Parents are concerned about their children’s online safety and data privacy, but not as much as other issues such as the quality of education their child receives, protection from violence and bullying, and ensuring their child doesn’t fall behind in school.
That’s according to the approximately 1,200 parents surveyed by the Center for Democracy and Technology (CDT) between mid-May and early June of this year. The nonprofit CDT therefore classifies student online and data privacy as a “mid- to low-level” concern for parents.
Still, parents further answered that they are equally responsible (52 percent) for their students’ data privacy as their child’s school administrators are. Yet many parents said they are not aware of the legal rights for protecting their child’s data privacy, nor of the technology plans in place in their child’s school or district.
“Parents see themselves as responsible for children’s privacy, even though they report feeling ill-equipped” to manage it, says Elizabeth Laird, senior fellow of student privacy for the Washington, D.C.-based CDT.
However, Laird notes, the legal framework in education does not allow for any control or input from parents. Schools are the ones legally responsible for protecting student data.
The more parents learn about student data privacy, the more concerned they become, the survey found. And parents of elementary school-aged children, African-American parents, Hispanic parents and those with higher incomes report higher overall concern for this issue than other parents.
The survey is the first in a series from the CDT about perceptions of student data privacy. Forthcoming reports will share results from focus groups with parents, focus groups with students, and a poll of teachers.
Beyond student data privacy, the May survey of parents asked them about their general perceptions of technology-aided learning.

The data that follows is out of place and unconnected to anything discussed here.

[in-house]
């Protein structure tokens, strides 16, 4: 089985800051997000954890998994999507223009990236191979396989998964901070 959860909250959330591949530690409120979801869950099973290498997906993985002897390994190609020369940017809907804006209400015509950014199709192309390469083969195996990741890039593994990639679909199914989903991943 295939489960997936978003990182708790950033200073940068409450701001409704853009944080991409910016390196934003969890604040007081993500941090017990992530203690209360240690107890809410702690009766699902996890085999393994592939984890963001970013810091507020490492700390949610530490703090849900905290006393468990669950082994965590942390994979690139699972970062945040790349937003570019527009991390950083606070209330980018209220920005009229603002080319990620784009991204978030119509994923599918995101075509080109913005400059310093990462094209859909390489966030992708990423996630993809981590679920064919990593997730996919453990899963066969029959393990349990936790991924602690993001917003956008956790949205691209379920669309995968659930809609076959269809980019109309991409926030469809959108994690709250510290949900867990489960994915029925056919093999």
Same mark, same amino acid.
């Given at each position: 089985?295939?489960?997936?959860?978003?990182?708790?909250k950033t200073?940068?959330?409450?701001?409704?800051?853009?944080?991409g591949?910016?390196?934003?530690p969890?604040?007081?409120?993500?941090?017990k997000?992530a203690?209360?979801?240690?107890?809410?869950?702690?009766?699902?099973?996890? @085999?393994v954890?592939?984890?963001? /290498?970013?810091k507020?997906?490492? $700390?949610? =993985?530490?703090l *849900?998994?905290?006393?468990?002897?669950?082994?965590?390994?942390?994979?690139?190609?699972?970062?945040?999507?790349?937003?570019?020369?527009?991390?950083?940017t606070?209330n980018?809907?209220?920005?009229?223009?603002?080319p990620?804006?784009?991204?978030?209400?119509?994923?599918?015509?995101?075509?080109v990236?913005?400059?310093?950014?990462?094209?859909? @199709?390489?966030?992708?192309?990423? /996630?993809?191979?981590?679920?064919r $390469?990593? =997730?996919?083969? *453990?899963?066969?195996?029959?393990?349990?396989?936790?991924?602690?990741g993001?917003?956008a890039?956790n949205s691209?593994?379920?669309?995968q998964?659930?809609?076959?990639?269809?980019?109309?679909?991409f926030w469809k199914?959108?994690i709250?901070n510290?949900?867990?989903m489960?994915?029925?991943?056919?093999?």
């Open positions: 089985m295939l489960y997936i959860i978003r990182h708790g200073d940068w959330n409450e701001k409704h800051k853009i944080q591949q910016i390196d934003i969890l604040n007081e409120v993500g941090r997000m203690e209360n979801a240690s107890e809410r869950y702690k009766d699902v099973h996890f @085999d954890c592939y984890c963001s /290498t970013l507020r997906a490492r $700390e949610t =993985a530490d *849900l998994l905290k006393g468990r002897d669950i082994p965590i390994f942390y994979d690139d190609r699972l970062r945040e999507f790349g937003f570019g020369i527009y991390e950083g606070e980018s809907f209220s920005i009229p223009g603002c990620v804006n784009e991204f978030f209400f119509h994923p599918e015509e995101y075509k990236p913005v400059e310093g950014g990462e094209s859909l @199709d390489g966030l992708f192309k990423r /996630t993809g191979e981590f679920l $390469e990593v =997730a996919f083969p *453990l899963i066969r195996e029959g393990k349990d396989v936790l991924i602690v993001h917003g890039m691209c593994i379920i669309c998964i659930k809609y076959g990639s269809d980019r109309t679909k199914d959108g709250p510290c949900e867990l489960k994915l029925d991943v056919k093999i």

“What we were surprised by is how tech-positive parents were, in terms of being proponents of technology, especially in light of the pandemic,” Laird says. “The pandemic hasn’t resulted in parents not supporting the use of online learning in the future.”
Going forward, 76 percent of parents said they would support increased use of online learning at home, and 74 percent said they would be comfortable with more online learning in their child’s classroom.
Parents “overwhelmingly” said that technology plays a role in delivering key educational benefits, according to the report. The top five named are:
- clear and timely communication (94 percent);
- learning continuity during disasters, such as the pandemic (93 percent);
- use of visualizations to support learning concepts (93 percent);
- individualized instruction based on a child’s needs (92 percent); and
- self-paced or self-directed learning (91 percent).
The most common ways that students and teachers had interacted with each other in the two weeks prior to parents filling out the poll, according to the results, were through an online portal (48 percent), group video conferencing (47 percent) and email (47 percent).
Though much has changed about education since March, the privacy component is not new for schools. FERPA has been around since 1974, Laird points out, so schools have been protecting student data for “literally decades.”
“In schools that had [technology] tools they were already using, that transition has probably not changed much” since the pandemic, she says. “I think where there have been increased privacy risks is with new tools not designed for education purposes. In the rush to transition to online learning, in the midst of a global crisis, in some cases privacy was not top of mind.”
The CDT encouraged schools that had hurried into technology adoptions last spring to use the summer as an opportunity to regroup and “remediate,” Laird says. “If they’d signed up for apps without a thorough review, take time to do that. Be thoughtful about what to use in the new school year.”
She adds that a lot of attention has been paid to video conferencing, since millions of students used Zoom for live video instruction last spring. But the security issues with video conferencing software “are not necessarily fatal flaws with the tools themselves, but how they’re being deployed and configured,” Laird says.
Some training and guidance on how to better make use of the tools available within those programs—such as requiring a password, changing settings for who to admit and limiting screen sharing—may be all it takes to bolster security on a platform like Zoom.
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